Coweta County election results were certified during the weekend, but final statewide results have been delayed by a court order.
U.S. District Judge Amy Totenberg late Monday ordered state officials to wait until Friday to certify final results in the race between Republican Brian Kemp and Democrat Stacey Abrams for governor, according to The Associated Press. Totenberg also ordered the state to take steps to ensure that provisional ballots are not improperly rejected.
Kemp, who won by a wide margin in Coweta County, is leading Abrams in the current statewide count by 57,725 votes. Kemp has 50.26 percent of the vote currently and will be governor if that percentage holds.
If the final vote count shows Kemp with less than 50 percent plus one, there would be a Dec. 4 runoff between Kemp and Abrams.
There will likely be an runoff that day because candidates for secretary of state and a public service commission post did not obtain a majority of votes for their post, according to the current tally.
According to the AP, Abrams maintains that enough uncounted absentee, mail-in and provisional ballots remain to force a runoff. Kemp's campaign maintains that there simply aren't enough outstanding ballots to force a runoff.
In the Monday ruling, Totenberg ordered the secretary of state's office to establish and publicize a hotline or website where voters can check whether their provisional ballots were counted and, if not, the reason why. She also ordered the secretary of state's office to review or have county election authorities review the eligibility of voters who had to cast provisional ballots because of registration issues.
Totenberg ruled Georgia must not certify election results before Friday at 5 p.m. State law sets a Nov. 20 deadline.
State elections director Chris Harvey testified last week that the state had planned to certify the election results Wednesday. According to the AP, Harvey said a Wednesday certification would allow preparations to begin for any runoff contests.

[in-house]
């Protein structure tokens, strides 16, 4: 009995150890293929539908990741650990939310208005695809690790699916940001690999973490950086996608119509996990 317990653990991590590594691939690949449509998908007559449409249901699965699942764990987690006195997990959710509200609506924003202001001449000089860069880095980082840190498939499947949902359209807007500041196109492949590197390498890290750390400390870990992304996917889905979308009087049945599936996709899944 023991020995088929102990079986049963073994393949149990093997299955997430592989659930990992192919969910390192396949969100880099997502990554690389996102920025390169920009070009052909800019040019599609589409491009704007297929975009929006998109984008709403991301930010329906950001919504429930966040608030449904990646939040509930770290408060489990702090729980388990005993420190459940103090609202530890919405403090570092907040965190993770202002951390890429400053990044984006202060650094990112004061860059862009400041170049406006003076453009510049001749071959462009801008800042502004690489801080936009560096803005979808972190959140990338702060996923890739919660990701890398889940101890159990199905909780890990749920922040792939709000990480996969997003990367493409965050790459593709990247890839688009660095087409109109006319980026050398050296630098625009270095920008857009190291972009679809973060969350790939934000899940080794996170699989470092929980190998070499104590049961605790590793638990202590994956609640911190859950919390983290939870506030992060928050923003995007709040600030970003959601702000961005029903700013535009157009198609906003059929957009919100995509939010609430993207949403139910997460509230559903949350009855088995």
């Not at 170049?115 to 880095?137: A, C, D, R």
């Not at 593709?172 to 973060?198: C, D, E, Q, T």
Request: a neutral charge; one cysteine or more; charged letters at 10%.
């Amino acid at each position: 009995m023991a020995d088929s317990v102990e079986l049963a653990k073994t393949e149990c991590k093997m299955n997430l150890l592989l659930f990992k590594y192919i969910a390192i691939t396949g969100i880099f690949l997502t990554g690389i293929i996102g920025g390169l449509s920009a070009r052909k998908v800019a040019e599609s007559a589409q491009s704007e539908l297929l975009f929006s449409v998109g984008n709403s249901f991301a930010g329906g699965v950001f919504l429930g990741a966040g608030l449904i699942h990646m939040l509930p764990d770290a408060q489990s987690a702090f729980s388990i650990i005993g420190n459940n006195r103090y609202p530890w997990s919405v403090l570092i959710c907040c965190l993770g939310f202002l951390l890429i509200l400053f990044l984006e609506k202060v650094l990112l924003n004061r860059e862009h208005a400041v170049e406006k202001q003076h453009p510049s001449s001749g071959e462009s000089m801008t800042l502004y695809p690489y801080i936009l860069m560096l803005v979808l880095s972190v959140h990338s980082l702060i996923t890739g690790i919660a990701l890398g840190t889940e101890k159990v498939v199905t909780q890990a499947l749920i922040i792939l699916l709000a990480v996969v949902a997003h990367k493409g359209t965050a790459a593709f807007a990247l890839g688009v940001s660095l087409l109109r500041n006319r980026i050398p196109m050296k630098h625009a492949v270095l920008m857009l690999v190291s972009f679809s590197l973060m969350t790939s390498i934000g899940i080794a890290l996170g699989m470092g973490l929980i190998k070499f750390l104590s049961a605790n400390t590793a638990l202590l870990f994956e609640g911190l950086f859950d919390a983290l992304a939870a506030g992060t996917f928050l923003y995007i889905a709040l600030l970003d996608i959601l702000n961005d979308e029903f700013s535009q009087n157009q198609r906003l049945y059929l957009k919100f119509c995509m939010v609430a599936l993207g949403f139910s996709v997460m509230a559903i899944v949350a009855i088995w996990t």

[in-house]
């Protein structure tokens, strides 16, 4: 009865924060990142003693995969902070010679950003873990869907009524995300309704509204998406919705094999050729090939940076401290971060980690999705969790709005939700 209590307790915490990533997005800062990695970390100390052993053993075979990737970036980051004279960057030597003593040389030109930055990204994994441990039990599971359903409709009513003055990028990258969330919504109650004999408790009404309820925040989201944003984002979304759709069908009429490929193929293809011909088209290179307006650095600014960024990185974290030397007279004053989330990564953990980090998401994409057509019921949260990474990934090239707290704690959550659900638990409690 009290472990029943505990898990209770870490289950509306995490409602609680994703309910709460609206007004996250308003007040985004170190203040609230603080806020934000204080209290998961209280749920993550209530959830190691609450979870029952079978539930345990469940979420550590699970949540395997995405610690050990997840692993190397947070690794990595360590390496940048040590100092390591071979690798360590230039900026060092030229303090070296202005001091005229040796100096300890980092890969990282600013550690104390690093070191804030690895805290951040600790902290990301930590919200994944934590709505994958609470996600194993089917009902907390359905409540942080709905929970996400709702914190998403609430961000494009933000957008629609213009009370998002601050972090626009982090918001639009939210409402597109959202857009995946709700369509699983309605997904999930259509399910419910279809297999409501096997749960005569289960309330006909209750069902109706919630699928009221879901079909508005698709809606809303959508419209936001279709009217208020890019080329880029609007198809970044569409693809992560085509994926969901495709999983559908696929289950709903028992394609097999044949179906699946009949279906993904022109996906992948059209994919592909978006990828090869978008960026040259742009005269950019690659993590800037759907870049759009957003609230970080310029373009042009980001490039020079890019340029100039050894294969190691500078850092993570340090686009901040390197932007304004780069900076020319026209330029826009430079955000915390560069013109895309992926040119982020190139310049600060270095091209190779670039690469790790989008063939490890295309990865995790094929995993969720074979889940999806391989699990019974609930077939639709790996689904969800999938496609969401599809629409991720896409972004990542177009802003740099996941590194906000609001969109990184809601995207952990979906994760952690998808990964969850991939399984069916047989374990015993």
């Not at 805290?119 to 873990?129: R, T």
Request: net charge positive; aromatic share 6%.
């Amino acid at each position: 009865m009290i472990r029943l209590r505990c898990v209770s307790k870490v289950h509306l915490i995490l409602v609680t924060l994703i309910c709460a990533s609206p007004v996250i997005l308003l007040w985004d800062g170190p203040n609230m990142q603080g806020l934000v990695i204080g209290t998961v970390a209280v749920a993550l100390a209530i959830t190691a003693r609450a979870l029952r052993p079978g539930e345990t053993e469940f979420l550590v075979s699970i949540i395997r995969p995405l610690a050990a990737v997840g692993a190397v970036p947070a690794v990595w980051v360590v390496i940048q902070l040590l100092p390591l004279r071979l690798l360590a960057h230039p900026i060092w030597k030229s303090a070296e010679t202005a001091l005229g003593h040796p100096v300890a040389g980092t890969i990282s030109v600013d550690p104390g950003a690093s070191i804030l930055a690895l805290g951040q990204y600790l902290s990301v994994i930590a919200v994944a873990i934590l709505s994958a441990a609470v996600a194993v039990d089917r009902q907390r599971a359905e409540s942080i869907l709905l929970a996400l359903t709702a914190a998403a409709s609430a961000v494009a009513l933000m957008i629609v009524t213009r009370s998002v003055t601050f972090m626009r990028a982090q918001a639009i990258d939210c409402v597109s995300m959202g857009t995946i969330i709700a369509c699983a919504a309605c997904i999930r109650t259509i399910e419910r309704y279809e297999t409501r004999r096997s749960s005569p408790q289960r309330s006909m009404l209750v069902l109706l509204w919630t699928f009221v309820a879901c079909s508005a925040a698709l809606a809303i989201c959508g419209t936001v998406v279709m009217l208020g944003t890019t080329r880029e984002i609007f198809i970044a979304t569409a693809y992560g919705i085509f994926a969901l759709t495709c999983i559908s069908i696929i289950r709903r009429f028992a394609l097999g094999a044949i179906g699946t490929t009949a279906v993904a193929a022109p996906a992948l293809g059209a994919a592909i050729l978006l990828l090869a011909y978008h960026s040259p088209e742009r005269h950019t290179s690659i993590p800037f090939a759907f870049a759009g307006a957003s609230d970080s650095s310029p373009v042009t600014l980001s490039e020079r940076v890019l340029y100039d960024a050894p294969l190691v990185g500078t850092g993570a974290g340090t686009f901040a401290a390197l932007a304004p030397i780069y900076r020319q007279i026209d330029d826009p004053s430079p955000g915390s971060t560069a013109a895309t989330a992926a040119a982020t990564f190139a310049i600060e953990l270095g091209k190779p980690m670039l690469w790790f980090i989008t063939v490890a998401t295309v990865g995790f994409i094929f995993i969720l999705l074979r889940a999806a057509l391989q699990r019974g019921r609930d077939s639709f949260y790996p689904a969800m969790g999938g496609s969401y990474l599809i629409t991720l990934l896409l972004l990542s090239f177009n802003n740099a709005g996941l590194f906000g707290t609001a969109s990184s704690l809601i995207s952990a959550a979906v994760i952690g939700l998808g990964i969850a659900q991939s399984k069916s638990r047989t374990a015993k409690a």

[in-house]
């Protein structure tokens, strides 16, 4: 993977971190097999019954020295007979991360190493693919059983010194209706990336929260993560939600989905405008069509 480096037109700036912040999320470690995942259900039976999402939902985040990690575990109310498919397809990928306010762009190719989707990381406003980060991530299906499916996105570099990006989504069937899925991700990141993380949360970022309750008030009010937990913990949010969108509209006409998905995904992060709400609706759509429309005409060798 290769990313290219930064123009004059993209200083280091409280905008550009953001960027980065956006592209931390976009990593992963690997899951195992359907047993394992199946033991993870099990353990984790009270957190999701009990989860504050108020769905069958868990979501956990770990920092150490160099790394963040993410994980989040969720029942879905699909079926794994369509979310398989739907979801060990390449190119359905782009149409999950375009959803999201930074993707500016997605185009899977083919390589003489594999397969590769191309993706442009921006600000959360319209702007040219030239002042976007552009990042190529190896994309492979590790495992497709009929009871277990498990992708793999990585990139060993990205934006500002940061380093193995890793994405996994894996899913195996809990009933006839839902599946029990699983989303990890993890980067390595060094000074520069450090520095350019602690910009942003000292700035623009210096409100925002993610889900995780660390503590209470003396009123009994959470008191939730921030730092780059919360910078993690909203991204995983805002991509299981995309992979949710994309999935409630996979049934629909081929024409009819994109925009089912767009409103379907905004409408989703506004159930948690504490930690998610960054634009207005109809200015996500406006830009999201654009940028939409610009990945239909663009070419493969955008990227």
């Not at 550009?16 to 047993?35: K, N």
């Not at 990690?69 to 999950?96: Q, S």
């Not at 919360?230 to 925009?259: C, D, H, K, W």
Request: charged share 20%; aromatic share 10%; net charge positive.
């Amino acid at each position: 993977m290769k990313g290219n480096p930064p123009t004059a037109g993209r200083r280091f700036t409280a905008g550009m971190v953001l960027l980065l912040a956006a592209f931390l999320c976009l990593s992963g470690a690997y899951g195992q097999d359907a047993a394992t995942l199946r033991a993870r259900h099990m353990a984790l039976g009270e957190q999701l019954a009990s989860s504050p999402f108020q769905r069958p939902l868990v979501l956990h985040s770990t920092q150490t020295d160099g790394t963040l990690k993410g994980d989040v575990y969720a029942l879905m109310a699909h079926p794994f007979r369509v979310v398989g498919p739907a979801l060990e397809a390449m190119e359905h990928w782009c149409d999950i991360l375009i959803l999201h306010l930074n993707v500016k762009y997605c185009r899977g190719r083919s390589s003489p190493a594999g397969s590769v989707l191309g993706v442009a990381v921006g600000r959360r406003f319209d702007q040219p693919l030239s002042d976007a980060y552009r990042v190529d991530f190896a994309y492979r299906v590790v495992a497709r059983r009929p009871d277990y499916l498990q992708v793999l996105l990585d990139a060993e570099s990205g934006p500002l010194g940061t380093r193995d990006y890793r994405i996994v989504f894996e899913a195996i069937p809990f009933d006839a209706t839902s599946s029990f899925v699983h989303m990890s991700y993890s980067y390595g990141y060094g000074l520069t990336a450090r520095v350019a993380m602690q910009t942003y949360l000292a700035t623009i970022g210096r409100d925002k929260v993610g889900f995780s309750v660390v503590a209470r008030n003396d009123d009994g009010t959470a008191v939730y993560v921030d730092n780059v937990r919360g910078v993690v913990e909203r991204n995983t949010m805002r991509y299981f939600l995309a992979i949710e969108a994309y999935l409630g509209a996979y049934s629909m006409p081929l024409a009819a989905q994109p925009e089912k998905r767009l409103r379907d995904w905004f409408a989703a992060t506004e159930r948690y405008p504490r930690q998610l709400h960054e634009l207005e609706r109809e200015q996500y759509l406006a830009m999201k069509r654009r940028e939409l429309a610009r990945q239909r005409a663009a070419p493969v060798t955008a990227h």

Totenberg acted in response to a lawsuit filed Nov. 5 by Common Cause Georgia. The suit accuses Kemp, the state's top elections official until he resigned as secretary of state last week, of acting recklessly after vulnerability in Georgia's voter registration database was exposed shortly before the election.
Kemp's actions increased the risk that eligible voters could be illegally removed from the voter registration database or have registration information illegally altered, the lawsuit says.
According to the AP, the lawsuit says at least 1,095 qualified voters who cast absentee ballots in Gwinnett County had them "arbitrarily and unlawfully rejected" because of missing or insufficient information.
Georgia's interim Secretary of State, Robyn Crittenden, directed county officials Monday to count some provisional ballots that had been rejected because of voters' failure to give their year of birth, provided the voter's identity and eligibility was still established.
Republican Gov. Nathan Deal appointed Crittenden to replace Kemp.
The state Democratic Party also filed a lawsuit Thursday seeking an order to force Dougherty County election officials to accept absentee ballots postmarked by Election Day. The party said the county had failed to get ballots to absentee voters on time because of a "confluence of extraordinary circumstances," including Hurricane Michael.
Otherwise, only absentee ballots from overseas residents or members of the military received after Election Day would be counted.
The state party's lawsuit against Dougherty County was filed in the Middle District of Georgia's federal court. U.S. District Judge W. Louis Sands ordered Dougherty County election officials to accept absentee ballots that were postmarked by Election Day and received by Friday.
Several online sites, blogs and social media users wrongly claimed Judge Leslie Abrams, the Democratic gubernatorial candidate’s sister, presided over the case.